I began my teaching career in 2001. I’m a non-traditional having spent 20 years self-employed in agriculture. In my first year of teaching I had an opportunity to participate in a Target Grant that provided a laptop, software, and training. It was great. I became very interested in using technology in the classroom as those resources improved my classroom.
In 2004 Coleman was chosen as a control school for the TIP program (Technology Immersion Pilot). Essentially, this grant marked the beginning of our transformation into a one to one school. Technology was supposed to redefine education and make a significant impact on the performance of our students. Well, it was not the silver bullet it was hoped it would be. The technology we received allowed for definite improvements in our school, but we were still very teacher centered. This is an example of a good hunch – we knew technology was going to be a key component in the future of education, but we were not sure how to use it for maximum effect with our students.
As we continued through TIP Cycle 2 in 2006-2007, we began to learn about effective ways to differentiate instruction. Differentiation is another “hunch”. It’s an idea that one knows is right, but you have to figure out how to make it a genuine reality for the students. We have interactive white boards and all sorts of lesson ideas that are a step toward differentiation, but it’s another case where deep in your gut you know it’s not working as you wanted it to. How can you differentiate instruction for a hundred different students and not go nuts?
From 2007-2010 we received other grants for technology and continued our quest to uncover the best way to improve student performance. It became clear that technology was an amplifier; it could make a good teacher better. There was also the hidden danger of masking poor pedagogy in flashy tech-savvy clothes. My students did well and technology made my life better, but I knew there were pieces missing from the puzzle.
In 2010 my campus received a College and Career Readiness Grant from SREB (Southern Regional Education Board). This grant focused on literacy and comprehension strategies and emphasized writing in the content areas – it was essentially a Common Core Standards initiative. The use of literacy and comprehension strategies transformed my classroom. I was finally learning ways to help students make sense of what they were being taught in class. The book “I Read It, But I Don’t Get It” by Cris Tovani also had a profound influence on my approach to lessons.
Our school adopted the use of CSCOPE along the way. I also became interested in the Understanding by Design approach to curriculum and lesson planning advocated by Grant Wiggins. I began to emphasize essential questions as well as intentionally making a distinction between what we learn (knowledge & skills) and what we understand as a result of that knowledge. All of these experiences were improvements in our educational system – steps, or “hunches” in the right direction. So the question was, “Why were our students not performing markedly better than schools without all the resources we have?”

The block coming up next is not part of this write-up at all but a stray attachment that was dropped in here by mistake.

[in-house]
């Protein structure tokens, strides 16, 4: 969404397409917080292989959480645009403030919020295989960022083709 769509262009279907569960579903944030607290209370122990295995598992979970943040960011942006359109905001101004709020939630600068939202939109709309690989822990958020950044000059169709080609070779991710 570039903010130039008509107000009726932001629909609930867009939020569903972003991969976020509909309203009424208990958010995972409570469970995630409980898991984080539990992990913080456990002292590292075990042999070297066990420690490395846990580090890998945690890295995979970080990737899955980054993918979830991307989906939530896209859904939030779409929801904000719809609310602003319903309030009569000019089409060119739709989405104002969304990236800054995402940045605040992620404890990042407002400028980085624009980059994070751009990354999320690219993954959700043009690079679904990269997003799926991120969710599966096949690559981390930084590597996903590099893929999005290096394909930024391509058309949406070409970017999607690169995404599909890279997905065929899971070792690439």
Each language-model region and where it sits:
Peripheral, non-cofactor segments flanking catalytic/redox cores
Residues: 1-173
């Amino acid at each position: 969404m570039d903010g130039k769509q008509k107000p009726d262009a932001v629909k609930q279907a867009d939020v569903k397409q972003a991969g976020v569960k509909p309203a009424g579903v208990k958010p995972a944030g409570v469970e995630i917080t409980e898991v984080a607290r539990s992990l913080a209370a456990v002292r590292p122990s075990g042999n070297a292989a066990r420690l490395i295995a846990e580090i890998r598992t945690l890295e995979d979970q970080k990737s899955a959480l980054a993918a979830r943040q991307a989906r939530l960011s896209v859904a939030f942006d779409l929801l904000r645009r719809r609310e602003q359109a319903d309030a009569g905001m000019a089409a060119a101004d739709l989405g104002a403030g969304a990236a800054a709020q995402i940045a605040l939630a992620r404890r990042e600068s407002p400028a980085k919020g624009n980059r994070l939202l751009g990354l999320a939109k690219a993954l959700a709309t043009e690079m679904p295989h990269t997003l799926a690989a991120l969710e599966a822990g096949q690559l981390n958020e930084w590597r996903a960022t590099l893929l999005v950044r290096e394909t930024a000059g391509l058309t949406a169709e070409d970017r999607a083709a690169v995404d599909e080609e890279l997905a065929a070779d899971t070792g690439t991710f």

I have two ways to answer that question. First, I have told my students many times, “If you do what you have always done, you’ll get what you’ve always got” (Excuse the grammar – that’s the way I say it). I also heard a quote recently from Sir Ken Robinson that struck a nerve – “Reform is nothing more than improving a broken model” – ouch, that hurt to hear. I’m not saying that our schools are terrible; I am saying that maybe in the new information paradigm we find ourselves in; we do in fact need a new model for education.
Enter the flipped classroom model. I am currently participating in a teacher quality grant through a local university. As a part of this experience we are discussing blended and online learning and I began to really consider the flipped classroom model and how it addresses the shortcomings of the current model of instruction.
The flipped classroom gives the student some autonomy in when and how they receive instruction (differentiation). It leverages technology for the student – they can watch video, read a .pdf file, watch a PowerPoint, or read the textbook. They can access the material on their own time with a laptop, smart phone, or tablet device. They will have to utilize a literacy strategy (common Core) as they view the lesson. Formative assessments are imbedded everywhere to monitor student mastery. When they come to class they will get to collaborate with others and apply their knowledge to build understanding (constructivism). In this model the students also create their own relevance – they define the reason the material is important to learn.
I have no illusion of duplicating a parting of the Red Sea – but I see this as a great way to actually revolutionize education. It’s a way to “do something different” in order to get a new result. The flipped classroom is not a “eureka!” moment; it is a collision of hunches that has been accumulating for almost ten years. I’m excited because instead of being a fad or just “the newest thing”, it is a logical evolution that combines solid theory about literacy, technology, and curriculum in a model designed to help students create understanding and prepare them for the unknown world in which they will live and work.